Answers To ...
When a buyer or seller throws an objection into your presentation are you one of those agents who wears the 'deer-in-the-headlights' look and begins to mumble?
Disagreements can arise from misunderstanding something the prospect has read or heard. They can also come from an experience - as in they've been through a real estate buying or selling process before with a somewhat negative result. Here's another point of view on opposition and reluctance.
Why Objections Are Good... And How You Can Use Them
Just when you think a transaction is going smoothly, you hit a bump, with a counter-argument from the client, a reason not to proceed. Christy Crouch and partner Scott Friedman, co-authors of the book "Now What Do I Say? Never Be At a Loss For Words Again: Real Estate Objection Handlers for Virtually Every Situation," explain why a counter-argument doesn't mean a client isn't interested in doing business with you. In fact, the opposite could just be true.
So, you have a potential seller on the phone and they tell you they want you to cut your commission in order for them to list with you. Or, perhaps you're in their living room and they want to list at a price much higher than you've recommended. Or, they just want to think about it, so they'll call you on Monday.
Some agents are really good at handling objections like those. Many are not. Many are scared to get hesitation; so much so that they won't try to generate leads for fear of not knowing what to say.
1. Realize where hesitation come from - This is the biggest secret and the simplest thing to get. Objections only come from people who are considering doing business with you. You should be happy when getting a counter-argument. If you don't care about something, are you going to bother talking about it?
For example, let's say you're in a clothing store and you want to buy a business outfit in blue, black or gray. Let's say you told the salesperson you only want to spend up to $200. So, if the salesperson comes back with an orange outfit for $215 dollars, are you going to ask them to discount it to $199?
No. You're not considering buying that orange eyesore, so what the heck do you care about the price?
Same goes with buyers or sellers - if they have questions and/or counter-arguments, they're interested in using you. If they're not interested, they won't object. They'll disappear.
2. Get some objection handlers - I don't care how or where you get them, just get them. Create them on your own. Find some you like from other agents, coaching companies, websites, etc. The point is that you need to have standard answers that you can go to anytime something comes up.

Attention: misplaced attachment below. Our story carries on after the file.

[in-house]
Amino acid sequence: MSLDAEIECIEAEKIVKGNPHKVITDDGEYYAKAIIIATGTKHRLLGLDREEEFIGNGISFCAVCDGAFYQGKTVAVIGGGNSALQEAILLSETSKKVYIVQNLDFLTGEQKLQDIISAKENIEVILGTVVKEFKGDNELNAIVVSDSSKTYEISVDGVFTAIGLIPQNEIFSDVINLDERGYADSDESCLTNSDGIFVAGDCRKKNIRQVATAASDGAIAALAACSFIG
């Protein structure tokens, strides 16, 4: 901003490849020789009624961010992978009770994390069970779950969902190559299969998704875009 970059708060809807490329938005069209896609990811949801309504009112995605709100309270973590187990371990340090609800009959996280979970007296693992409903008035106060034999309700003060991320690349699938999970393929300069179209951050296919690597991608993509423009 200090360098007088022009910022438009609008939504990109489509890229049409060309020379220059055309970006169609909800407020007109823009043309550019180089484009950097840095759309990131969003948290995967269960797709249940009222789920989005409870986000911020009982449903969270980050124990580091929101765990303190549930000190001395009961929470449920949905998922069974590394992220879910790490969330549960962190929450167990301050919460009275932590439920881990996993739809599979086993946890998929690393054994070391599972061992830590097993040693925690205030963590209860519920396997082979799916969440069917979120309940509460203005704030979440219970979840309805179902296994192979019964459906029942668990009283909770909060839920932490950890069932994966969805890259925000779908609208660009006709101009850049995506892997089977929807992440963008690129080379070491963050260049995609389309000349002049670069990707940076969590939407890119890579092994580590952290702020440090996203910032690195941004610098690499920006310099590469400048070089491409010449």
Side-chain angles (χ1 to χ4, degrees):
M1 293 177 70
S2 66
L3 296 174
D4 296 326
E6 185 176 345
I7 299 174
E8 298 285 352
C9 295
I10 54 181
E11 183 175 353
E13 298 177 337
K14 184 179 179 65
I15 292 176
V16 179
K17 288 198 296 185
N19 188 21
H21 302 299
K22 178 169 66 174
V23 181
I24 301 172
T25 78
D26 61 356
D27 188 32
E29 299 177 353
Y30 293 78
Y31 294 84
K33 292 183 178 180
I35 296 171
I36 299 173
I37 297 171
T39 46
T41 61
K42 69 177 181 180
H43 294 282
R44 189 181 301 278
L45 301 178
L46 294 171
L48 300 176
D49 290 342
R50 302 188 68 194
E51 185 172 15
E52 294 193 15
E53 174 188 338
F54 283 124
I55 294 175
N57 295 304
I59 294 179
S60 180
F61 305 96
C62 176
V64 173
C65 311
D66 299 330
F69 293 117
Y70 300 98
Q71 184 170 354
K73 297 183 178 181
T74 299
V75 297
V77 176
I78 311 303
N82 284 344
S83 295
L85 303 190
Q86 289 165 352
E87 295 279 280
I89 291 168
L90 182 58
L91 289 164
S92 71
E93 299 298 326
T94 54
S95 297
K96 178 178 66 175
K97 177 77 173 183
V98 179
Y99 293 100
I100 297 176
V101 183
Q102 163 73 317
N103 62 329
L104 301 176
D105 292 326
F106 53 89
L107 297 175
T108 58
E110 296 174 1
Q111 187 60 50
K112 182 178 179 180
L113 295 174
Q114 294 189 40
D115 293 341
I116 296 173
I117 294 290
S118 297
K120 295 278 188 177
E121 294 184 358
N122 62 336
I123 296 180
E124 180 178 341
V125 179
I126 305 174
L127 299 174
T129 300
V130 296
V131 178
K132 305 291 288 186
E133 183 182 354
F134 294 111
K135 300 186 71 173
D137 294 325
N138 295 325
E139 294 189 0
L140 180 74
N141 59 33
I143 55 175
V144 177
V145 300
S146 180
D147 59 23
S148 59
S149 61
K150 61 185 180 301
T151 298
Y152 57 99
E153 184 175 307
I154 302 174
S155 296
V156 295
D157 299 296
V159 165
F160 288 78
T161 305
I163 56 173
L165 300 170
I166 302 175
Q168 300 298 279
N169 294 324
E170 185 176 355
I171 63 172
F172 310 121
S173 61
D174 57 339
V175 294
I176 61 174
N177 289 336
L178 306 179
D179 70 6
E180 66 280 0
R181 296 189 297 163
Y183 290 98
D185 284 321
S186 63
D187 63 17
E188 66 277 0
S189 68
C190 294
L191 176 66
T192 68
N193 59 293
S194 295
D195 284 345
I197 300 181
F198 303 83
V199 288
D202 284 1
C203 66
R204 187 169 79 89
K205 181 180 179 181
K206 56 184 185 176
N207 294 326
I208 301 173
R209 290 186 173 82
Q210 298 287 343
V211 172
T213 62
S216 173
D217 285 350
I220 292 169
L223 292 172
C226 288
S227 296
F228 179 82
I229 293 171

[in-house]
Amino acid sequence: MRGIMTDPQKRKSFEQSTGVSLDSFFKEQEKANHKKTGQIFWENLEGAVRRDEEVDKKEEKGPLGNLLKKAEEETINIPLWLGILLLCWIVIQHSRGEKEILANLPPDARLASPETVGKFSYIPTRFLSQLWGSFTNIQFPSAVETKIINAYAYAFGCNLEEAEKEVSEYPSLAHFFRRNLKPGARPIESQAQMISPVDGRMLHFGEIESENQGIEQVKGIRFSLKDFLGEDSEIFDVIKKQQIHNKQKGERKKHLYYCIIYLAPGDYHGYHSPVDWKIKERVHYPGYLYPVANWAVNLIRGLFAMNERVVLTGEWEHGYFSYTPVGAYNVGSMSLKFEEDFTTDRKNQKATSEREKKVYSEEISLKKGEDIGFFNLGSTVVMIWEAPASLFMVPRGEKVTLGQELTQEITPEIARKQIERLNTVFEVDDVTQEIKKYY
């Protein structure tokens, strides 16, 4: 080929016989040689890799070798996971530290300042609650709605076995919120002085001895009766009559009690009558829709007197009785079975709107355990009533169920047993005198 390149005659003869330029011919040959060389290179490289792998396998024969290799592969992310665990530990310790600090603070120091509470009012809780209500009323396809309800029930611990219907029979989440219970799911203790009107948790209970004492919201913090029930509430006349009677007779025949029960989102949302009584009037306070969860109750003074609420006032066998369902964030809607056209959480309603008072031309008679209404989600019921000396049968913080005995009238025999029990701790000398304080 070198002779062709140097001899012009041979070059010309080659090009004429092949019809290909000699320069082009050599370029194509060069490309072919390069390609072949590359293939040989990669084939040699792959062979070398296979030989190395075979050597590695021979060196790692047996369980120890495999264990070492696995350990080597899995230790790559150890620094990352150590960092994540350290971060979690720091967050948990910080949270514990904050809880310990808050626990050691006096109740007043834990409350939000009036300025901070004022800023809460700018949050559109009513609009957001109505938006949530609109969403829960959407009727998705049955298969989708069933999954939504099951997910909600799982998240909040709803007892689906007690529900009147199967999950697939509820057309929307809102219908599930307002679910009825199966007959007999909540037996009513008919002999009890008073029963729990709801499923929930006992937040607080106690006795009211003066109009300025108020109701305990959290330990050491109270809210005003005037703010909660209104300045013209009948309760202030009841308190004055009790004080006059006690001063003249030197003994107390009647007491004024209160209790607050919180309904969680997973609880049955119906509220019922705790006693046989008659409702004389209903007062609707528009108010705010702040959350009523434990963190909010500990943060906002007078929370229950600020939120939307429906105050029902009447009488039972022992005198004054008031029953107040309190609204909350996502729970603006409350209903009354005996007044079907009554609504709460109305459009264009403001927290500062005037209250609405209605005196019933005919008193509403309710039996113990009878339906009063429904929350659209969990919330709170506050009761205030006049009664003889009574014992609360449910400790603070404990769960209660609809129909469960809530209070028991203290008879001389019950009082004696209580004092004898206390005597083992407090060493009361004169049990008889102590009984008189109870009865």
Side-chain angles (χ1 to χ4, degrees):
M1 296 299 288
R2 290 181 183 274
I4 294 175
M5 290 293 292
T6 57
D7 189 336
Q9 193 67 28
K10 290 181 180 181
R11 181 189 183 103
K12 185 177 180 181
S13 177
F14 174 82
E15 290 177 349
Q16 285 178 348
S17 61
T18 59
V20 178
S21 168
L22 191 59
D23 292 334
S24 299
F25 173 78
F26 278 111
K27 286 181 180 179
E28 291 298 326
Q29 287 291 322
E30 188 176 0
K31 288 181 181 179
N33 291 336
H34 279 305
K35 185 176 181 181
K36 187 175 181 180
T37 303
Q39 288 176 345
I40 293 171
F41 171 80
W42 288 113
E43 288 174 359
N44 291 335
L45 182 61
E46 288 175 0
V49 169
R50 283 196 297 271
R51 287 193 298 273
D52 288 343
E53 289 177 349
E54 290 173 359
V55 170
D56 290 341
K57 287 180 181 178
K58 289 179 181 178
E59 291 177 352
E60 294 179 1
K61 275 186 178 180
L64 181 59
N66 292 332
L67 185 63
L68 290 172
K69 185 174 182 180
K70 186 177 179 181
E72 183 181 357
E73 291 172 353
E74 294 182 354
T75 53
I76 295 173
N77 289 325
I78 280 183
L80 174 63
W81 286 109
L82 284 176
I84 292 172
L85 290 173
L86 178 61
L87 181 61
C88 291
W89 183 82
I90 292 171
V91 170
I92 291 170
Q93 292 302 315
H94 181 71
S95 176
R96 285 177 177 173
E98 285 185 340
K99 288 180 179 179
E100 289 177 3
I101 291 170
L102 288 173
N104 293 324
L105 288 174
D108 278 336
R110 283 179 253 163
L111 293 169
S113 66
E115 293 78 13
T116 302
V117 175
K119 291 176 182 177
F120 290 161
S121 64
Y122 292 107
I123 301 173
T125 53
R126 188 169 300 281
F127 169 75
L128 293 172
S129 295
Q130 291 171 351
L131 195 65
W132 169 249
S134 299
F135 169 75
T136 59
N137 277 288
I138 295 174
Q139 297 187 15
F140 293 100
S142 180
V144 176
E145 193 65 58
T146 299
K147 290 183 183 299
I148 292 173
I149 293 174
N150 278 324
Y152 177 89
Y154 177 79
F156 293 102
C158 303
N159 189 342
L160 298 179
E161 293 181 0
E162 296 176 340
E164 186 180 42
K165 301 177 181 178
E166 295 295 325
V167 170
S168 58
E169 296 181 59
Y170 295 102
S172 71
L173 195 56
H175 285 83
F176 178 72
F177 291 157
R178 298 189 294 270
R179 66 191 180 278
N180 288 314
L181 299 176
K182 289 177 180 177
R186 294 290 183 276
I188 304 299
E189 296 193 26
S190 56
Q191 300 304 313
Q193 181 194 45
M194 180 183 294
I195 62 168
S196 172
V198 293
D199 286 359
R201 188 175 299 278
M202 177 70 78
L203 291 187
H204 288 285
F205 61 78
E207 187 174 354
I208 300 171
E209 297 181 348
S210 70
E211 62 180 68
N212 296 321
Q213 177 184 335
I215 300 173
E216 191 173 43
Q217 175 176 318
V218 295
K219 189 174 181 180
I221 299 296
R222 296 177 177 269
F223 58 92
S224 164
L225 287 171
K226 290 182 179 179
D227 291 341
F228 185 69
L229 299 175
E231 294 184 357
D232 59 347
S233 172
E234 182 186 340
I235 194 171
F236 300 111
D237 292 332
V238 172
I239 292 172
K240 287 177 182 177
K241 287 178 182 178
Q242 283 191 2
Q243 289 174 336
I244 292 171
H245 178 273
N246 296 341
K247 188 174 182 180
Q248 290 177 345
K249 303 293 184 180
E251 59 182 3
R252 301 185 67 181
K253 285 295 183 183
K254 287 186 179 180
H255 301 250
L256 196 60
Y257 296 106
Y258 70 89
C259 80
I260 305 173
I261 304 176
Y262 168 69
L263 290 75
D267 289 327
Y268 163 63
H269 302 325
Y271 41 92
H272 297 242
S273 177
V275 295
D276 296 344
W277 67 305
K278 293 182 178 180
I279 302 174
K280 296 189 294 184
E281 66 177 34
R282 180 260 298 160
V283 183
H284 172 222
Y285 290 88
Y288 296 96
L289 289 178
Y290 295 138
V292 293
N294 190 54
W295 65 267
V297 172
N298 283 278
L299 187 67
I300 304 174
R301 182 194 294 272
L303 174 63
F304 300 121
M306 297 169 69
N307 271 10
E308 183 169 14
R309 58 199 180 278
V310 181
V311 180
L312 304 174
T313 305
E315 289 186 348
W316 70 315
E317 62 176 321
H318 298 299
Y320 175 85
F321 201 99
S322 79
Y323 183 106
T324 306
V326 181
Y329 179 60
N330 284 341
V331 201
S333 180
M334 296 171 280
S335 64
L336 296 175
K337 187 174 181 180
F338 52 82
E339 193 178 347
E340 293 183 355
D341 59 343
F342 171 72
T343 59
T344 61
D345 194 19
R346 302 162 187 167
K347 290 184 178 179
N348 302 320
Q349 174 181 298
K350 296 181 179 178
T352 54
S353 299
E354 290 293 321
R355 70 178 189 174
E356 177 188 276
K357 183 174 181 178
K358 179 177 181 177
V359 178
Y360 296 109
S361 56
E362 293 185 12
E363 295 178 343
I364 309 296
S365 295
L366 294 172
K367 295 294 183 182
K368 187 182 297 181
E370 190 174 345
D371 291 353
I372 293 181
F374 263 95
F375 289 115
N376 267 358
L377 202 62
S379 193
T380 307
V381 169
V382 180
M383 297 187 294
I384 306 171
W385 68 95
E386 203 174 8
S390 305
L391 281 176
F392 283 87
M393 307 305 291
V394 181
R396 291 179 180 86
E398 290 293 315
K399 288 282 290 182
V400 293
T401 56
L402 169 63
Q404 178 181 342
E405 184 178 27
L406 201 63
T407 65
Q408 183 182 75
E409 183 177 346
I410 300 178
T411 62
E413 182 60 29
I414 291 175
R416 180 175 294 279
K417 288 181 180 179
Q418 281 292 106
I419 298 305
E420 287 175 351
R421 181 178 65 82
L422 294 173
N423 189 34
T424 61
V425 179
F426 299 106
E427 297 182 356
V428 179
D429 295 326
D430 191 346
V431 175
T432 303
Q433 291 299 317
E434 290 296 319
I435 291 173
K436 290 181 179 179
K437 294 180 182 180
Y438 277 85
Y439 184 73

Clients aren't coming up with new objections to fool agents. Counter-argument are pretty much the same. And, since one client doesn't know what you're saying to another client, it shouldn't matter to you if you think you say the same thing over and over again. Listen to a flight attendant: Do they make up their in-flight safety speech as they go along, or have they rehearsed it hundreds of times? For that matter, check out the pilot. Are you upset when you find out the pilot does the same exact pre-flight checklist for you as he/she did for the 25 other flights he/she's flown this month? Heck, no! You want him/her to do the same things. He/she's a professional.
Well, so are you. So stop being surprised when you get reluctance, it's a part of the selling process. When a seller says they want you to cut your commission, or only wants to list for 90 days, have your answer ready.
3. Practice, practice, practice - I already alluded to this with my flight attendant analogy. You must practice objection handlers to the point of memorization. The phenomenon that occurs once you practice is that you are so confident, and ready to get objections, you rarely ever get them anymore. That's the joke. The more you look forward to them, the less you get them.
As I stated in point number one, you only get objections from people who are considering using you. However, one of the reasons you get those counter-arguments is that they sense you're not as confident a salesperson as they want/need. If you walked in and they just thought, "Wow! That person's gonna sell my home!" they wouldn't ever bring up an objection. That's because you give off a confident and authoritative quality. Please don't confuse that with ego or arrogance. If you come off as arrogant, they won't be thinking, "Wow," they'll be thinking, "How," as in, "How can I get this jerk out of my house in less than 15 seconds?"
Make a daily habit of practicing objection handlers. Schedule it. Do it with other agents if you can. It'll pay off hundreds of times over.
Hopefully you can now shift how you feel about getting reluctance from buyers and sellers, and realize getting objections is a good thing. Just be ready to handle them and watch how much more business you do.
Barney Johnson is the Broker of Record for Re/Max Crossroads Realty Inc. in Toronto, Ontario, Canada. You can always contact Barney at TopReMax.ca If you are interested in finding out what Re/Max Crossroads can do for you please give Barney Johnson a call @ 416.491.4002 for a free confidential appointment.
Watch this excellent video thats less than 3 minutes on handling objections for real estate agents. It covers the issues and offers some answers.
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